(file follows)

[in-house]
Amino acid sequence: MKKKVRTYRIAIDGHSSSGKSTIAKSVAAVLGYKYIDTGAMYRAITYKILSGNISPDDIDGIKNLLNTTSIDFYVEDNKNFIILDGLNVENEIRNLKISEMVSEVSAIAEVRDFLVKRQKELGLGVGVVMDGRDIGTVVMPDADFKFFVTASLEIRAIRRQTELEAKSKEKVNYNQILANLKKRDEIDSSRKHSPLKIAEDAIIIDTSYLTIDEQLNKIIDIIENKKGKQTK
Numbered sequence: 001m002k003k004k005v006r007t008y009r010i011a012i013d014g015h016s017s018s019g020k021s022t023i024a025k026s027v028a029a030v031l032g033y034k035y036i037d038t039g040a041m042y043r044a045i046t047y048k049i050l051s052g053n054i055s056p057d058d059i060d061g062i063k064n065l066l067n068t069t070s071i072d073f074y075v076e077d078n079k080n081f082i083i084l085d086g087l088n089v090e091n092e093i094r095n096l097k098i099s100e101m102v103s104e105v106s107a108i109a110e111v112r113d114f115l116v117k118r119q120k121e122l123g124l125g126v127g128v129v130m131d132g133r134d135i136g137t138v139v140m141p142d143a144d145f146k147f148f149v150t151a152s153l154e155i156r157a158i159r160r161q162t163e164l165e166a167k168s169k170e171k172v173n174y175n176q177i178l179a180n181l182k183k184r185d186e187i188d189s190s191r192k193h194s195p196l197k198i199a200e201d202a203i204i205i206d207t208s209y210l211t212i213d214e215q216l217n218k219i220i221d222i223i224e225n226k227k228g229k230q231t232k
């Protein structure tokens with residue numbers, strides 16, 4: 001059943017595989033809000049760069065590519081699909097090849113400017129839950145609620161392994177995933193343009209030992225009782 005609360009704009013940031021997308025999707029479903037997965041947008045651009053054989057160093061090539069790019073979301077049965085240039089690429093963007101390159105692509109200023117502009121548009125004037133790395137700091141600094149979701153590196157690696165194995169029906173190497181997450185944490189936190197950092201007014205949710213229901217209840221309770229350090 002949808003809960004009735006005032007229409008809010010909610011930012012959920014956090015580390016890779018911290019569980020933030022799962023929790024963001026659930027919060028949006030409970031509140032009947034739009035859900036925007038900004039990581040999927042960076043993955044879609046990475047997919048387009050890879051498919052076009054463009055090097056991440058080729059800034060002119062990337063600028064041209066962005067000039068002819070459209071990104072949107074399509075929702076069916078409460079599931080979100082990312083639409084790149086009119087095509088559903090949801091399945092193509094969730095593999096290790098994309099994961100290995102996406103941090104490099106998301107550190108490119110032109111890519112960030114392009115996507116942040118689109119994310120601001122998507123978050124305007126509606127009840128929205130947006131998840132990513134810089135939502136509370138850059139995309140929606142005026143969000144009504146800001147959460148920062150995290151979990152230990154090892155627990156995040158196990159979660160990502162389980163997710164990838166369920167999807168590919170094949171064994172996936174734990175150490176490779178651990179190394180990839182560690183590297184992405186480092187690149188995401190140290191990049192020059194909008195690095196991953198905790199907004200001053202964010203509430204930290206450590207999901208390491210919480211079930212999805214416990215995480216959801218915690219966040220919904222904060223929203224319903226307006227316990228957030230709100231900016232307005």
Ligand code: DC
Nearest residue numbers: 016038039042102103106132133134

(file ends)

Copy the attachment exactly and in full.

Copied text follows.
[in-house]
Amino acid sequence: MKKKVRTYRIAIDGHSSSGKSTIAKSVAAVLGYKYIDTGAMYRAITYKILSGNISPDDIDGIKNLLNTTSIDFYVEDNKNFIILDGLNVENEIRNLKISEMVSEVSAIAEVRDFLVKRQKELGLGVGVVMDGRDIGTVVMPDADFKFFVTASLEIRAIRRQTELEAKSKEKVNYNQILANLKKRDEIDSSRKHSPLKIAEDAIIIDTSYLTIDEQLNKIIDIIENKKGKQTK
Numbered sequence: 001m002k003k004k005v006r007t008y009r010i011a012i013d014g015h016s017s018s019g020k021s022t023i024a025k026s027v028a029a030v031l032g033y034k035y036i037d038t039g040a041m042y043r044a045i046t047y048k049i050l051s052g053n054i055s056p057d058d059i060d061g062i063k064n065l066l067n068t069t070s071i072d073f074y075v076e077d078n079k080n081f082i083i084l085d086g087l088n089v090e091n092e093i094r095n096l097k098i099s100e101m102v103s104e105v106s107a108i109a110e111v112r113d114f115l116v117k118r119q120k121e122l123g124l125g126v127g128v129v130m131d132g133r134d135i136g137t138v139v140m141p142d143a144d145f146k147f148f149v150t151a152s153l154e155i156r157a158i159r160r161q162t163e164l165e166a167k168s169k170e171k172v173n174y175n176q177i178l179a180n181l182k183k184r185d186e187i188d189s190s191r192k193h194s195p196l197k198i199a200e201d202a203i204i205i206d207t208s209y210l211t212i213d214e215q216l217n218k219i220i221d222i223i224e225n226k227k228g229k230q231t232k
């Protein structure tokens with residue numbers, strides 16, 4: 001059943017595989033809000049760069065590519081699909097090849113400017129839950145609620161392994177995933193343009209030992225009782 005609360009704009013940031021997308025999707029479903037997965041947008045651009053054989057160093061090539069790019073979301077049965085240039089690429093963007101390159105692509109200023117502009121548009125004037133790395137700091141600094149979701153590196157690696165194995169029906173190497181997450185944490189936190197950092201007014205949710213229901217209840221309770229350090 002949808003809960004009735006005032007229409008809010010909610011930012012959920014956090015580390016890779018911290019569980020933030022799962023929790024963001026659930027919060028949006030409970031509140032009947034739009035859900036925007038900004039990581040999927042960076043993955044879609046990475047997919048387009050890879051498919052076009054463009055090097056991440058080729059800034060002119062990337063600028064041209066962005067000039068002819070459209071990104072949107074399509075929702076069916078409460079599931080979100082990312083639409084790149086009119087095509088559903090949801091399945092193509094969730095593999096290790098994309099994961100290995102996406103941090104490099106998301107550190108490119110032109111890519112960030114392009115996507116942040118689109119994310120601001122998507123978050124305007126509606127009840128929205130947006131998840132990513134810089135939502136509370138850059139995309140929606142005026143969000144009504146800001147959460148920062150995290151979990152230990154090892155627990156995040158196990159979660160990502162389980163997710164990838166369920167999807168590919170094949171064994172996936174734990175150490176490779178651990179190394180990839182560690183590297184992405186480092187690149188995401190140290191990049192020059194909008195690095196991953198905790199907004200001053202964010203509430204930290206450590207999901208390491210919480211079930212999805214416990215995480216959801218915690219966040220919904222904060223929203224319903226307006227316990228957030230709100231900016232307005």
Ligand code: DC
Nearest residue numbers: 016038039042102103106132133134